Compost Options Improve with New, Grant-funded Vehicle
The arrival of the first compost truck on campus earlier this year signaled the further expansion of compost collection toward the university’s zero waste goals and compliance with state regulations.
Two For One!
The new truck can not only haul 10 yards of compost at a time, but also 15 yards of recycling. This allows for more efficient waste collection and for the purchase of the truck using grant funds. The truck was partially purchased using a CalRecycle grant aimed toward improving beverage container recycling on campus.
“About 60 percent of our current landfill waste can be diverted to compost, but in order to facilitate this we need to secure the proper infrastructure,” said Camille Kirk, director of sustainability and campus sustainability planner. “Thanks to a recent grant and collaboration with Facilities Management, we have been able to take a major step toward creating that infrastructure by buying our first compost truck.”
The new truck is able to pick up both compost and container recycle streams, replacing a pick-up truck previously used to collect and empty compost toters in addition to an aging recycling truck used to collect and empty recycle toters. Equipped with a built-in compactor, an automatic arm and seven times the capacity of the pickup truck, the new truck can service all current locations in a single trip, with less manual labor.
“The new truck enables us to us accomplish more work with less time and effort,” said Sue Vang, engagement and zero waste program manager for UC Davis Sustainability.
The new truck was purchased with a CalRecycle grant and funds from Solid Waste as an investment toward compliance with state regulations — such as Senate Bill 1383, which states the UC must provide compost collection service and bins starting on January 1, 2022.
“SB 1383 compliance requires significant investment in the compost process, from the cost of adding new bins, vehicles, and educational efforts on campus, to the disposal fees at compost facilities,” Vang said. Vang has played an essential role is securing funds toward this goal. She wrote the CalRecycle grant, which won funds for the truck.
“While grant funds have helped offset some of the initial costs, the campus will have to continue to invest in the operations infrastructure as the SB 1383 compliance date approaches."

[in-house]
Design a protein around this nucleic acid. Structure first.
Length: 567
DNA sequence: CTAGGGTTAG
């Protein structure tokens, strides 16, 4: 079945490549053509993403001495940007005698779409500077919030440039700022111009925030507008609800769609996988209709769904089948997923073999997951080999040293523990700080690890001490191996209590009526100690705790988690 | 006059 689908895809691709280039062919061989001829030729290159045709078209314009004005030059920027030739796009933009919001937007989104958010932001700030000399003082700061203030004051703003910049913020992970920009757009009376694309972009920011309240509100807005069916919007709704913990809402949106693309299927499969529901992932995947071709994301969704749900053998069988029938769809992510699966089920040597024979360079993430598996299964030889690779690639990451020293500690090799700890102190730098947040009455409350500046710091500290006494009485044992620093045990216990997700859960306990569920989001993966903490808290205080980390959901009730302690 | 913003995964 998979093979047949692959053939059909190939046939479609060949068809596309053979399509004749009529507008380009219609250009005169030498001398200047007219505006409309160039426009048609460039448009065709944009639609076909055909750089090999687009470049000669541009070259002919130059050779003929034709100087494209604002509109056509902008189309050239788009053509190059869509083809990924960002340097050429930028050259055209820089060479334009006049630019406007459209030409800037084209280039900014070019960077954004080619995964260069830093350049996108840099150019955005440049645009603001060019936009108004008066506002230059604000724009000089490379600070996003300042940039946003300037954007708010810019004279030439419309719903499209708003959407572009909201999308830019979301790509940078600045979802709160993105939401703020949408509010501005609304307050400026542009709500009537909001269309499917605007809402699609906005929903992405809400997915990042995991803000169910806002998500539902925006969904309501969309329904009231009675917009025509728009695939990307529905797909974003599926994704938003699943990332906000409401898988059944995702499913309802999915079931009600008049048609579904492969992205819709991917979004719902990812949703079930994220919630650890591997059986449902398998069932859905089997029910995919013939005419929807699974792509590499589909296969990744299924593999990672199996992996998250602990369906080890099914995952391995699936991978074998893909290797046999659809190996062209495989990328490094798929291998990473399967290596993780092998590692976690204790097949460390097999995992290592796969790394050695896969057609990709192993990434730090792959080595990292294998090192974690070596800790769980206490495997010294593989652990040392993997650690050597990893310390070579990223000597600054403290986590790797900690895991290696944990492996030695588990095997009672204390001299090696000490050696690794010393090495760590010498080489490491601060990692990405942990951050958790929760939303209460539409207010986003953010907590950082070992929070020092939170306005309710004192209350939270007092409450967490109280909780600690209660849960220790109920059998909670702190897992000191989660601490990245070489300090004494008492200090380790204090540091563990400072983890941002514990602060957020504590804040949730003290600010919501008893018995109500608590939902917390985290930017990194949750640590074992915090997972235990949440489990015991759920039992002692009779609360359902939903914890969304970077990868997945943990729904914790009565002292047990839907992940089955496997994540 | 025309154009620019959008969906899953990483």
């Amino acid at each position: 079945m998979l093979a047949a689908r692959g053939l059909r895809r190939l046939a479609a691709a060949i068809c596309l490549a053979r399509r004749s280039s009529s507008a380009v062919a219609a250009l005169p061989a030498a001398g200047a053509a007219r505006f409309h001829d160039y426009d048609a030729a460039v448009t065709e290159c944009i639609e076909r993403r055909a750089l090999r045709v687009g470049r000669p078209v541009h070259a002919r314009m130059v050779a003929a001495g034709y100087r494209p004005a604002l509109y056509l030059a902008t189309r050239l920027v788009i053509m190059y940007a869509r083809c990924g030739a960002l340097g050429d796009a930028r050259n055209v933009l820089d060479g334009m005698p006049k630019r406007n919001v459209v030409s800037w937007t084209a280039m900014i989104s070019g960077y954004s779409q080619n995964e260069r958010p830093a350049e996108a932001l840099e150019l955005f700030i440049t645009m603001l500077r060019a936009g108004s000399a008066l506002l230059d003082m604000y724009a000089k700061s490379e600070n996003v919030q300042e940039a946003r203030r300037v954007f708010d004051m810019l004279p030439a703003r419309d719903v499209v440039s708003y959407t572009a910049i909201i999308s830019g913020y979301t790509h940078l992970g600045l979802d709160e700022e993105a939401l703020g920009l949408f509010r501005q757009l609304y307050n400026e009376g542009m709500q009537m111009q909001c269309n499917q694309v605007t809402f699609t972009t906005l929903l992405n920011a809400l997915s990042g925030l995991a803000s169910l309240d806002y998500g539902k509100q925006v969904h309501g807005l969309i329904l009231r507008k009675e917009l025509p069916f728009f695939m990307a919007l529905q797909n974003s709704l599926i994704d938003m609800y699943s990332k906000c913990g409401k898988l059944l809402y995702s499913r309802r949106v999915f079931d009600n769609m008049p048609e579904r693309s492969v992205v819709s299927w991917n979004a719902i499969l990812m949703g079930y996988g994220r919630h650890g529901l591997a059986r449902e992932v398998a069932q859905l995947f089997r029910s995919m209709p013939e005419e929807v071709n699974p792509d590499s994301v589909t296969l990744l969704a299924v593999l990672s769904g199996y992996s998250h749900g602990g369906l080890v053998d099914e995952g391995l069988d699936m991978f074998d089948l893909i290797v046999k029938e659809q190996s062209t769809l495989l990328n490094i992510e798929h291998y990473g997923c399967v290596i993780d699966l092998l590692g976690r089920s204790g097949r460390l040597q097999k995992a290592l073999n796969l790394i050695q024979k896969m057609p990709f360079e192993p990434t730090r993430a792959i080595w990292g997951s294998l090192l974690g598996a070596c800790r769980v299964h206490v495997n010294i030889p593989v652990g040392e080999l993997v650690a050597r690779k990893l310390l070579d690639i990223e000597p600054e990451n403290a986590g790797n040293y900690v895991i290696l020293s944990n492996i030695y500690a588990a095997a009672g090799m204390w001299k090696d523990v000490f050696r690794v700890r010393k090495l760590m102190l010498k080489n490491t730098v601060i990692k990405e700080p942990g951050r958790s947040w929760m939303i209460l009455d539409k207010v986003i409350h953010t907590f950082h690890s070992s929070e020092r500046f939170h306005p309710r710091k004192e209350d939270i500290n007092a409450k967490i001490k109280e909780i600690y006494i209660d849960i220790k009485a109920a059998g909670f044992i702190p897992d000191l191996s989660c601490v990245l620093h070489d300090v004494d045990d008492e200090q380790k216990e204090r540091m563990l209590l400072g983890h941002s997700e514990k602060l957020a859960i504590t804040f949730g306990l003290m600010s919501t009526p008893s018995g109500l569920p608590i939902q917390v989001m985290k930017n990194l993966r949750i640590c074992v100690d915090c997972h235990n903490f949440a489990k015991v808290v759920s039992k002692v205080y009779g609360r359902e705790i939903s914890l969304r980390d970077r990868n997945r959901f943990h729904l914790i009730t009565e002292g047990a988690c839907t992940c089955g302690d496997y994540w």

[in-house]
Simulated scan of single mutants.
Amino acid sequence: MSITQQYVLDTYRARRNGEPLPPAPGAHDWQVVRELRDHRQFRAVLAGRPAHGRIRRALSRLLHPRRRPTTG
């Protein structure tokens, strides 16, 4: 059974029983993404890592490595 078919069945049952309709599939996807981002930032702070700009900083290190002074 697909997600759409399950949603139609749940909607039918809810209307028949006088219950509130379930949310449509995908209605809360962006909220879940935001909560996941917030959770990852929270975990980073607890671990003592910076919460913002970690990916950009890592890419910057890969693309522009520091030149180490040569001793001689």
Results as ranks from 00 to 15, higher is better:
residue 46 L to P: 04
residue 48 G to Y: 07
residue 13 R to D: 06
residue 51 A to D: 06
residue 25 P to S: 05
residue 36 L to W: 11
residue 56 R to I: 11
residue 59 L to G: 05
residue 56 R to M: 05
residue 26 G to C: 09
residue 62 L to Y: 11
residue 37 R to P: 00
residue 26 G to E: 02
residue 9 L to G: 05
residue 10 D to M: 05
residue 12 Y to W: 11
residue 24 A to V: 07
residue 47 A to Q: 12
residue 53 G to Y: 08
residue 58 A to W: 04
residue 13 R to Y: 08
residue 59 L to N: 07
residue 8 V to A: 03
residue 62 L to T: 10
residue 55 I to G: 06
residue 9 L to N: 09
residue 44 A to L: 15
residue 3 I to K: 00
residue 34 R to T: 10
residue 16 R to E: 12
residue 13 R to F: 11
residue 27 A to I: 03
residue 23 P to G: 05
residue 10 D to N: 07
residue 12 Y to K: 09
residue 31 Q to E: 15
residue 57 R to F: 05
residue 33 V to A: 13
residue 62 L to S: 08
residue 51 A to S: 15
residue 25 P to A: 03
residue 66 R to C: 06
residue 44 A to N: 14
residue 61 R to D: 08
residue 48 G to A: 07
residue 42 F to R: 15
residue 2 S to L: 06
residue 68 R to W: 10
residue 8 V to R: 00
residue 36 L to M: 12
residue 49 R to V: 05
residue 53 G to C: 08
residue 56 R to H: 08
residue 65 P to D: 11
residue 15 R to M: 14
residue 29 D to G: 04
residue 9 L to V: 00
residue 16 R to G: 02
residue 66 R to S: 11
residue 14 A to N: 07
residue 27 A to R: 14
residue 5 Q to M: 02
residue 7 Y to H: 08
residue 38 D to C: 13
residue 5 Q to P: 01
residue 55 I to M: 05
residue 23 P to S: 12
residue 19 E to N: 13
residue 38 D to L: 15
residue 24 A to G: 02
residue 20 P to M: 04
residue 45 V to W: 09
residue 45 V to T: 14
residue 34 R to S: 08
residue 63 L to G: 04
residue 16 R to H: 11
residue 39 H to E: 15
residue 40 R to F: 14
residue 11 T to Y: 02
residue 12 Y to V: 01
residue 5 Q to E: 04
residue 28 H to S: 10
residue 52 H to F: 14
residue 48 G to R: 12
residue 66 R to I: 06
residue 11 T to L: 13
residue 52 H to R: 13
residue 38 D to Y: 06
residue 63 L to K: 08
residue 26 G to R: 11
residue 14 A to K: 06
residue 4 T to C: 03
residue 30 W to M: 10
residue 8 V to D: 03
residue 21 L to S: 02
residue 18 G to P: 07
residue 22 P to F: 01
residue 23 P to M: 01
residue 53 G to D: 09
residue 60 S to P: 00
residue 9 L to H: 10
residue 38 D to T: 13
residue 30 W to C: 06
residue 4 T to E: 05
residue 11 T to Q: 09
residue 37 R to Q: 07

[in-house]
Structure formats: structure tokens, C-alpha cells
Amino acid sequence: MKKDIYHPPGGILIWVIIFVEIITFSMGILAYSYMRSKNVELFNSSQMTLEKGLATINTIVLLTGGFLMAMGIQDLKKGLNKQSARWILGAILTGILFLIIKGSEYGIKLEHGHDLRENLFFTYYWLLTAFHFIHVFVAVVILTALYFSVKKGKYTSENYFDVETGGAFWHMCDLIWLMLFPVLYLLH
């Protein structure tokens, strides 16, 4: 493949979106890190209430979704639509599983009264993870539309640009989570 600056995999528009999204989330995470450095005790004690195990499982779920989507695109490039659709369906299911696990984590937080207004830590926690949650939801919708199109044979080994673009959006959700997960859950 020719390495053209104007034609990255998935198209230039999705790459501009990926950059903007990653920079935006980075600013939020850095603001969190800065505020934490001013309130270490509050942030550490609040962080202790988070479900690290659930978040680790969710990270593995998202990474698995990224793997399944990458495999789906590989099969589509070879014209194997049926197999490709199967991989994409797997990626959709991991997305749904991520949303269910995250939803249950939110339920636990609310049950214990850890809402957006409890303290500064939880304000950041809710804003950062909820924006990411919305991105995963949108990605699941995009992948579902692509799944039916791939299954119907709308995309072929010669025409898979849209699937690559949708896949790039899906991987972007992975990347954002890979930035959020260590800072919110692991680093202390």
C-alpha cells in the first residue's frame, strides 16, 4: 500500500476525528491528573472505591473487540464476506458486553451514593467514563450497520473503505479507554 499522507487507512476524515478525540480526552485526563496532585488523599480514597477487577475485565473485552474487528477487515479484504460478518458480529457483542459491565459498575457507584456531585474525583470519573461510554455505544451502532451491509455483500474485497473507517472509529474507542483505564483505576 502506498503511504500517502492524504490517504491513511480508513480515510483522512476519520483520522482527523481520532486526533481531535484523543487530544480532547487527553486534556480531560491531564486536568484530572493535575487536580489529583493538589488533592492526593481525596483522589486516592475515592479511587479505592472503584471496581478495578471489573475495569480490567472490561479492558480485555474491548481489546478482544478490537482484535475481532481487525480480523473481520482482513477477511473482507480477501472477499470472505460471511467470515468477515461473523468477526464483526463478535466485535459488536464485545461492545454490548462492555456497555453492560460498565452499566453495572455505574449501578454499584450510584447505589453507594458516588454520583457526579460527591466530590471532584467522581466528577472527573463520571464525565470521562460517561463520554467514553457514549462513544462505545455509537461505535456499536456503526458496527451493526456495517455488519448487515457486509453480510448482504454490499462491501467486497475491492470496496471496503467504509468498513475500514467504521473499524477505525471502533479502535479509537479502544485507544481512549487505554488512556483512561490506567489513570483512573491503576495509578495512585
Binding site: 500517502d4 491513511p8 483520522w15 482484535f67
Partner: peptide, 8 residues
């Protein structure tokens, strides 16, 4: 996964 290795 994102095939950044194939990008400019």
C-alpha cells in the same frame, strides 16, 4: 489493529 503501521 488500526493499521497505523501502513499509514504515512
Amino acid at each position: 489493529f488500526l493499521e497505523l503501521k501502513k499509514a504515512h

To support the investment, representatives from Sustainability and Facilities Management are collaborating to launch a Zero Waste Pilot Project. Sustainability’s Zero Waste program performed waste audits and zero waste action planning and identified the opportunity to divert a large amount of organic waste from the landfill stream. The pilot so far has added 87 new compost bins across eleven buildings as part of the shift to centralized bins, increasing opportunities for people on campus to properly sort their organic waste. The waste diverted through these bins is now collected by the new compost truck and then taken to the Yolo County Landfill for composting.
“Compost service using toters has only been offered to 25 locations on campus because we lacked an appropriate truck to empty them efficiently,” Mike Fan, Utilities director, said. “On top of being more efficient on our current routes, the compost truck will now allow us to expand compost collection.”
Just in time for the planned return to campus this fall, many more buildings will soon be part of the Zero Waste Pilot Project. Sustainability and Facilities Management are currently working on a larger-scale rollout of compost bins to lobbies across campus. Learn more about the Zero Waste Pilot Project, where compost bins are currently located and when new compost locations come online by visiting the Facilities Management website.